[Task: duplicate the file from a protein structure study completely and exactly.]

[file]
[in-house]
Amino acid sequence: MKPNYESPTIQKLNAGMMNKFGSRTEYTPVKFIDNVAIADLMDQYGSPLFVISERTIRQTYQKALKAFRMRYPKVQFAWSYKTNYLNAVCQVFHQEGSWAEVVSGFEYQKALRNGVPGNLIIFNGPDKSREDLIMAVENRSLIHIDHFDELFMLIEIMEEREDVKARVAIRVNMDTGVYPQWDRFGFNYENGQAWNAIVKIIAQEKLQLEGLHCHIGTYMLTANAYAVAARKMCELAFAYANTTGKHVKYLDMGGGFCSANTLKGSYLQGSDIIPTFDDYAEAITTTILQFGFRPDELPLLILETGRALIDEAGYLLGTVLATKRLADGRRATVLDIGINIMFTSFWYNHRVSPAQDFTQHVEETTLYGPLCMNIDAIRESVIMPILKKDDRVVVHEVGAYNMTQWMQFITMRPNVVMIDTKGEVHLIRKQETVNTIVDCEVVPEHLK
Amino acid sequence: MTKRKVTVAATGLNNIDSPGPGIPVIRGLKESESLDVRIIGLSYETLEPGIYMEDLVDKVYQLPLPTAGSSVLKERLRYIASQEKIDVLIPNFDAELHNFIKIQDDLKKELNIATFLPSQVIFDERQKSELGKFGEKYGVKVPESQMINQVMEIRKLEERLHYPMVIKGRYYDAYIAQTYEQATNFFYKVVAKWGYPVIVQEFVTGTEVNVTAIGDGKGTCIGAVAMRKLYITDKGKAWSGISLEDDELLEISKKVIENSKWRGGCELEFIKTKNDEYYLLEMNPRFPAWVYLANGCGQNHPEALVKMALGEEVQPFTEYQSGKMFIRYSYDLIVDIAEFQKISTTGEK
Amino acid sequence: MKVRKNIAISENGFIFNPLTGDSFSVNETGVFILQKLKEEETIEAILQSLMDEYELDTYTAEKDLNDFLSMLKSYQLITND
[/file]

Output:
[in-house]
Amino acid sequence: MKPNYESPTIQKLNAGMMNKFGSRTEYTPVKFIDNVAIADLMDQYGSPLFVISERTIRQTYQKALKAFRMRYPKVQFAWSYKTNYLNAVCQVFHQEGSWAEVVSGFEYQKALRNGVPGNLIIFNGPDKSREDLIMAVENRSLIHIDHFDELFMLIEIMEEREDVKARVAIRVNMDTGVYPQWDRFGFNYENGQAWNAIVKIIAQEKLQLEGLHCHIGTYMLTANAYAVAARKMCELAFAYANTTGKHVKYLDMGGGFCSANTLKGSYLQGSDIIPTFDDYAEAITTTILQFGFRPDELPLLILETGRALIDEAGYLLGTVLATKRLADGRRATVLDIGINIMFTSFWYNHRVSPAQDFTQHVEETTLYGPLCMNIDAIRESVIMPILKKDDRVVVHEVGAYNMTQWMQFITMRPNVVMIDTKGEVHLIRKQETVNTIVDCEVVPEHLK
Amino acid sequence: MTKRKVTVAATGLNNIDSPGPGIPVIRGLKESESLDVRIIGLSYETLEPGIYMEDLVDKVYQLPLPTAGSSVLKERLRYIASQEKIDVLIPNFDAELHNFIKIQDDLKKELNIATFLPSQVIFDERQKSELGKFGEKYGVKVPESQMINQVMEIRKLEERLHYPMVIKGRYYDAYIAQTYEQATNFFYKVVAKWGYPVIVQEFVTGTEVNVTAIGDGKGTCIGAVAMRKLYITDKGKAWSGISLEDDELLEISKKVIENSKWRGGCELEFIKTKNDEYYLLEMNPRFPAWVYLANGCGQNHPEALVKMALGEEVQPFTEYQSGKMFIRYSYDLIVDIAEFQKISTTGEK
Amino acid sequence: MKVRKNIAISENGFIFNPLTGDSFSVNETGVFILQKLKEEETIEAILQSLMDEYELDTYTAEKDLNDFLSMLKSYQLITND